The door was closed but—as with most front doors for most houses in this part of the world—it was unlocked. The Mounties’ flashlights danced over one empty room after the next, the floor plan identical to the apartment below. The room above mine had been a bedroom too, once. Now it was nothing but peach walls and rust-colored shag carpeting.

“Nope, no raccoon,” said the second Mountie.

They escorted me to the basement, where I packed in seconds, and then drove me to the hospital.

“’Mornin’,” the first Mountie greeted the woman staffing emergency room reception. “Someone decided to put this young lady in Number Five for the night.”

She shook her head. “Well, it’s too late to move her. I’ll just find her a bed here.”

A few minutes later, I was alone again, in an empty room of the IC ward. When dawn came, I was up and dressed and ready to leave, but not before asking the receptionist why Number Five was off-limits for a woman traveling alone.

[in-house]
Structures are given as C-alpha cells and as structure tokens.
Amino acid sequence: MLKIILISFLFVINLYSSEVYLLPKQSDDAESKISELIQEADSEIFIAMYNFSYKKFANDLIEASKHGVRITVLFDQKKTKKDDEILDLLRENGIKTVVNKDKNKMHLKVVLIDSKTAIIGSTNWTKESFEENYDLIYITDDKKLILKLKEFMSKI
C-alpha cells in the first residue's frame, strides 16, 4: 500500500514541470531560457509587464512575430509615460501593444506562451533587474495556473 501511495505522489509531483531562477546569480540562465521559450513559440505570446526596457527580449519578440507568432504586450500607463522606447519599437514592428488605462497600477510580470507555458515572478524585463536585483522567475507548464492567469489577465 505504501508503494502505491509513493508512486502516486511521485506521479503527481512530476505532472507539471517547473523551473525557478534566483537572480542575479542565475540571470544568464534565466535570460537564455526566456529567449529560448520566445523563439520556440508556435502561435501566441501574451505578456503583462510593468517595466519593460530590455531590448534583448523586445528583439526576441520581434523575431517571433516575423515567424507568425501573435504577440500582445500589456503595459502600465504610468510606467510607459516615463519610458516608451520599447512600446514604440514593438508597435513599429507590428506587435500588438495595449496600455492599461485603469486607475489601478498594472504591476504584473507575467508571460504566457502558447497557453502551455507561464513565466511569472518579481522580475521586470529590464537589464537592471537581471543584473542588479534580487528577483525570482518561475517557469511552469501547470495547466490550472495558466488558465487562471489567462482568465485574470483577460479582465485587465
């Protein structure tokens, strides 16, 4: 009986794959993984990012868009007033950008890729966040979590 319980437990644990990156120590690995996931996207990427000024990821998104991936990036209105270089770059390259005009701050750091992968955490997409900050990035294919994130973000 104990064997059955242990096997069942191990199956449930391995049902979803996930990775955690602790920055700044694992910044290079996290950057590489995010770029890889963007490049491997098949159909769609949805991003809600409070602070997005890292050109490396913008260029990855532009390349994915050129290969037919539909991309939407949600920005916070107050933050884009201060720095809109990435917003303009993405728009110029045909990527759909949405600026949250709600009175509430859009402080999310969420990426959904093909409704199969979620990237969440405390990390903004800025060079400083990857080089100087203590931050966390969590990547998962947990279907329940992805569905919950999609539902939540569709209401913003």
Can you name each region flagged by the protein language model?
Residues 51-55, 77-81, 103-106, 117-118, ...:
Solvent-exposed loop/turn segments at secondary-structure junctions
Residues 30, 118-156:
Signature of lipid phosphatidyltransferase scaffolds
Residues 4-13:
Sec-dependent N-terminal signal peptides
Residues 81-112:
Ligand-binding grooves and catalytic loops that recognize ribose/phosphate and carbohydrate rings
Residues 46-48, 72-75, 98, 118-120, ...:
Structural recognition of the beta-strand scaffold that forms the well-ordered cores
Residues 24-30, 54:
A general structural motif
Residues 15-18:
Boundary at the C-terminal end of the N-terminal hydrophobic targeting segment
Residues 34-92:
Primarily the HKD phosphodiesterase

She replied that she’d arrange for someone to drive me to the coastal ferry, leaving in an hour.

I was embarrassing myself, I decided. It was my imagination after all, amplifying the dull thud of old plumbing and the rustle of wind. Running to the Mounties had been a moment of foolishness best forgotten.

So Number Five slid into the shadows of my memory. For a few weeks.

It was August. My internship was ending. The staff gathered for an extended coffee break to bid me farewell. Good-natured gossip blossomed into stories, and soon everyone was sharing a tale or two.

One nurse recalled a patient, a fisherman who mistook her exam room questions as amorous interest.

Most of us chuckled. My boss frowned.

“You never know where that sort of thing can go,” she said. “Remember that poor doctor up north.”

Staff who’d been around a few years nodded. Silence settled on our shoulders.

“What happened?” I asked.